Is It Possible for Oil Companies to Go Green?


Judging by a 2012 Gallup Poll, more than 60% of Americans have a negative perception of oil companies. At the same time, another research associated to the Keystone Pipeline debate found out that 64% of Americans believed that the Government should enforce existing environmental regulations more vigorously, 70% of respondents wanted stricter limits on emissions, while 65% supported stronger focus on renewable energy. These findings show that apart from price gouging and profiteering, the negative image of oil companies comes largely from their perceived environmentally unsustainable reputation. However, following their governments’ initiatives to lower emissions and increase presence of renewables in their energy strategies, many oil and gas companies have taken huge strides towards cleaner technologies and solutions.

Investing in renewables

Even before the catastrophic Gulf of Mexico oil spill of 2010, British Petroleum, as it was called then, was considered an unusually progressive oil company dedicated to climate change and alternative fuel research. In fact, the company has a long record of business transparency and sustained reports published regularly. Over the years, BP has invested into wind, solar, hydrogen, and other biofuel technologies, becoming one of the largest renewable donors in the world, according to their own press releases and the company website, this European oil and gas company is participating in greenhouse gas reductions, water cleanup, researching more efficient technologies, and striving to reduce the controlled burning of gas, a.k.a. flaring. Apart from the stain caused by the 2010 spill, BP is one of the flagship companies when it comes to environmental protection.

Protecting tomorrow today

In 2006, Exxon Mobile launched its “Protect Tomorrow. Today” agenda, which was described as a framework aimed at improving operational efficiency, fuel efficiency and developing breakthrough technologies. As a part of the strategy, in 2009, they launched a nearly $100 billion investment in biofuel research. Although the research found that at the moment biofuels weren’t economically sustainable, it was still one of the most significant private investments in the alternative energy field up to date, even claiming the Forbes’ "Green Company of the Year" title. Since the initiation of "Protect Tomorrow. Today", Exxon claims that their drill rate has improved 80%.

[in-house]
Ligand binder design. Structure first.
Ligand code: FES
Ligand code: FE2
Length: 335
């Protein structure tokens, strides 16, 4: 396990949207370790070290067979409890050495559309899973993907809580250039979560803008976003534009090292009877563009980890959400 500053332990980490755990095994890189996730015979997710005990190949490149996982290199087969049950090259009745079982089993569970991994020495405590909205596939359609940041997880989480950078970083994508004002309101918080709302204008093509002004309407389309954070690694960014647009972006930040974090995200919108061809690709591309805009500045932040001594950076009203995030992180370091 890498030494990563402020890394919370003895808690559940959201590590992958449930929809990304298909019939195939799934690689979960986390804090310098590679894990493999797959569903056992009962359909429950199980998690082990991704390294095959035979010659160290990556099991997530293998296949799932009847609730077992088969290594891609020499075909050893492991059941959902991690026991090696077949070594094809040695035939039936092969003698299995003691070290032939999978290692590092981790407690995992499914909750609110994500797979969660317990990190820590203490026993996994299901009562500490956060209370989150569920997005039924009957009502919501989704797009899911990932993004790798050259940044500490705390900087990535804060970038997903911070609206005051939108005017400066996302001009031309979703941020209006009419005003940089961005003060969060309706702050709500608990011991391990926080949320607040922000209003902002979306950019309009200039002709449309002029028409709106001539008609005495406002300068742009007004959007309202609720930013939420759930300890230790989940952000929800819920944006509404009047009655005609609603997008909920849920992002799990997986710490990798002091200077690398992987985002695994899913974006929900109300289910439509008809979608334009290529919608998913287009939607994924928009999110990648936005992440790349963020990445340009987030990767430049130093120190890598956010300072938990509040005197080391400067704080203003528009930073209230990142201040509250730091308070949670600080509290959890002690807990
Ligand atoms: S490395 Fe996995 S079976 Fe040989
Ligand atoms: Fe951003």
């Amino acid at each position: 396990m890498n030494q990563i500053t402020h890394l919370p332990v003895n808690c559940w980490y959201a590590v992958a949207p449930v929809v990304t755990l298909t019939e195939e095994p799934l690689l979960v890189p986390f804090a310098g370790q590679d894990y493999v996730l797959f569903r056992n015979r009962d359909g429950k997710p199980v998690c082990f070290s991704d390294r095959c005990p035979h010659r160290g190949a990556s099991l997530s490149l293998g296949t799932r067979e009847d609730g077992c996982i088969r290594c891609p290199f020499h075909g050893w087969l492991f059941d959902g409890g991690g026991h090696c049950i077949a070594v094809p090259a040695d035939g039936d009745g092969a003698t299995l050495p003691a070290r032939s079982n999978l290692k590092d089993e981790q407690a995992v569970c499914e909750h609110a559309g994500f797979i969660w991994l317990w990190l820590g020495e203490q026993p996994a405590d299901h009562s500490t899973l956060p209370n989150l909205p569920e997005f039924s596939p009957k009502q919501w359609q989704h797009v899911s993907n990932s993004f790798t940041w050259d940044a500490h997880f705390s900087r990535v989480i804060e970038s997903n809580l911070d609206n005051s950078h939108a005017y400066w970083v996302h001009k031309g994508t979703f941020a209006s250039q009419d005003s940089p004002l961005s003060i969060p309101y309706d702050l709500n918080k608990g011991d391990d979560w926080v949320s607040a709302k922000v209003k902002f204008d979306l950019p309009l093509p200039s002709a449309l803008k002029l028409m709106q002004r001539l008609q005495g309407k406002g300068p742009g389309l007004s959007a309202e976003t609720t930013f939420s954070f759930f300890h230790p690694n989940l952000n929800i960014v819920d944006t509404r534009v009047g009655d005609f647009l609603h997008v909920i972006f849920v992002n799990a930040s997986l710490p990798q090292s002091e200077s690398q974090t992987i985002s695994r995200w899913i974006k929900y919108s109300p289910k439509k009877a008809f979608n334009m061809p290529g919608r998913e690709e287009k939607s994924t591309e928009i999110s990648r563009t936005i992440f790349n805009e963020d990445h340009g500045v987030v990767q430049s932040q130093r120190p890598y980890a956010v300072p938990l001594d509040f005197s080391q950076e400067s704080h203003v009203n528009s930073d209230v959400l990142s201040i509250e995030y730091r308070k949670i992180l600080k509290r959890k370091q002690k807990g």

Improving production processes

Even technologies that don’t make oil and gas processing directly greener and cleaner, can help the overall sustainability by allowing for more streamlined, cost-efficient processes, and reducing the risk of spills and other environmental disasters. New ultrasound surveying technologies, for example allow companies to map their wells in 3-D, which in return allows for more informed decisions. Supported by the newly developed oilfield products, recent advances in solids control involve the creation of closed loop systems, which enable increased environmental control and reduction in drilling fluid spills. In 2014, MCW opened an oil sands facility in Utah which uses a cheaper process of separation based on benign chemicals. The action plan of this Toronto-based oil company, called "Health, Safety & Environmental Management System," describes the process as a closed loop system that requires no water, no high temperatures and pressures, while no greenhouse gases are produced.

Treading on uneasy ground

Sometimes, even the extensive sustainability efforts make it challenging to justify a company’s long-term strategies. Despite of the company’s “Sky” scenario, which aims to reach “net zero” CO2 emissions by 2070, Shell has been one of largest public advocates for drilling in the Alaskan Arctic. Largely divided among National Wildlife Refuges and designated Wilderness Areas, this region has been a major hot point for environmentalists at home and abroad, sprouted much controversy for what was perceived as the company’s insensitivity to the potential environmental impact of those operations. On the other hand, Shell’s CEO Ben Van Beurden publicly acknowledged the threat of global warming, underlining that oil companies and conservationists can find a common ground.

Still room for transparency

At a recent shareholders meeting, the leadership of Chevron rejected a proposal that would increase spending on low-emissions technology. The move was described by green activists as a strategic act to hedge against international climate treaties. Chevron’s web presentation gives elaborate details of “Project Brightfield,” a California-based solar power farm owned by the company. At the same time, the site credits Chevron as one of the global leaders in geothermal energy, a claim that notoriously lacks details. Apart from having to reach out to the public, either by singing their own praises or silencing their critics, companies like Chevron need to share their research and discoveries in the sustainable arena.    

There are oil companies that have undertaken serious steps towards becoming more environmentally friendly, but there is still much work to be done. Whichever course they take, embarking on specific actions makes more impact than just talking nice on the same old issues.